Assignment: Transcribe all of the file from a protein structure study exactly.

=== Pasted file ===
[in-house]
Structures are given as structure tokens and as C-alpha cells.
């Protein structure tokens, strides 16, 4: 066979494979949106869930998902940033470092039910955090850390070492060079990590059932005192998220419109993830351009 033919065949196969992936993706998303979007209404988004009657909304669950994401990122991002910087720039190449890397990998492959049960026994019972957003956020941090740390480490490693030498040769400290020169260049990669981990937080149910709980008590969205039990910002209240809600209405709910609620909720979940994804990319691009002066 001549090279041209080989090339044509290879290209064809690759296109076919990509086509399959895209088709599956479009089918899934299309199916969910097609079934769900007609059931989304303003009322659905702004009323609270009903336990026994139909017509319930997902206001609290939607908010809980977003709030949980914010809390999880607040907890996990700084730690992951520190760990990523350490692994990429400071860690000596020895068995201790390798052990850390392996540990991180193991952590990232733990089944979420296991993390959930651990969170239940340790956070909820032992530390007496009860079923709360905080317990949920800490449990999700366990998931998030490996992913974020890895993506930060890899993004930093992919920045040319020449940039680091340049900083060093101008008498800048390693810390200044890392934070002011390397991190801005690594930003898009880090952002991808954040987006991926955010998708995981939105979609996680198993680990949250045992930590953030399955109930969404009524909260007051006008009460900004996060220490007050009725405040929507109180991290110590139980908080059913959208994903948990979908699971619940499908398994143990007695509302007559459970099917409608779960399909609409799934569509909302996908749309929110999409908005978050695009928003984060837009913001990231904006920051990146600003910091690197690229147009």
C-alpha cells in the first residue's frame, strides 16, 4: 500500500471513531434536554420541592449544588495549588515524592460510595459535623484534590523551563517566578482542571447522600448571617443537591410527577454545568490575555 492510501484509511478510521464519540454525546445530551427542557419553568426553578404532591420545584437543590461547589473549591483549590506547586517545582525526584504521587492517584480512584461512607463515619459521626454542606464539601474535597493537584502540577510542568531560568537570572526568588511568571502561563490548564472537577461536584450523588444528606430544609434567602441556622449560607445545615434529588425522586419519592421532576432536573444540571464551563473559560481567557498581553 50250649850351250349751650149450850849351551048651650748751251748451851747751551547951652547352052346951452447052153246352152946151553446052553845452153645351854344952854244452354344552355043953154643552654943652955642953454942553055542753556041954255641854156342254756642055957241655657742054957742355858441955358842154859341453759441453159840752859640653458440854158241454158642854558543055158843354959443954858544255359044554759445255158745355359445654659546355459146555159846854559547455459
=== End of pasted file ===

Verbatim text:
[in-house]
Structures are given as structure tokens and as C-alpha cells.
């Protein structure tokens, strides 16, 4: 066979494979949106869930998902940033470092039910955090850390070492060079990590059932005192998220419109993830351009 033919065949196969992936993706998303979007209404988004009657909304669950994401990122991002910087720039190449890397990998492959049960026994019972957003956020941090740390480490490693030498040769400290020169260049990669981990937080149910709980008590969205039990910002209240809600209405709910609620909720979940994804990319691009002066 001549090279041209080989090339044509290879290209064809690759296109076919990509086509399959895209088709599956479009089918899934299309199916969910097609079934769900007609059931989304303003009322659905702004009323609270009903336990026994139909017509319930997902206001609290939607908010809980977003709030949980914010809390999880607040907890996990700084730690992951520190760990990523350490692994990429400071860690000596020895068995201790390798052990850390392996540990991180193991952590990232733990089944979420296991993390959930651990969170239940340790956070909820032992530390007496009860079923709360905080317990949920800490449990999700366990998931998030490996992913974020890895993506930060890899993004930093992919920045040319020449940039680091340049900083060093101008008498800048390693810390200044890392934070002011390397991190801005690594930003898009880090952002991808954040987006991926955010998708995981939105979609996680198993680990949250045992930590953030399955109930969404009524909260007051006008009460900004996060220490007050009725405040929507109180991290110590139980908080059913959208994903948990979908699971619940499908398994143990007695509302007559459970099917409608779960399909609409799934569509909302996908749309929110999409908005978050695009928003984060837009913001990231904006920051990146600003910091690197690229147009």
C-alpha cells in the first residue's frame, strides 16, 4: 500500500471513531434536554420541592449544588495549588515524592460510595459535623484534590523551563517566578482542571447522600448571617443537591410527577454545568490575555 492510501484509511478510521464519540454525546445530551427542557419553568426553578404532591420545584437543590461547589473549591483549590506547586517545582525526584504521587492517584480512584461512607463515619459521626454542606464539601474535597493537584502540577510542568531560568537570572526568588511568571502561563490548564472537577461536584450523588444528606430544609434567602441556622449560607445545615434529588425522586419519592421532576432536573444540571464551563473559560481567557498581553 50250649850351250349751650149450850849351551048651650748751251748451851747751551547951652547352052346951452447052153246352152946151553446052553845452153645351854344952854244452354344552355043953154643552654943652955642953454942553055542753556041954255641854156342254756642055957241655657742054957742355858441955358842154859341453759441453159840752859640653458440854158241454158642854558543055158843354959443954858544255359044554759445255158745355359445654659546355459146555159846854559547455459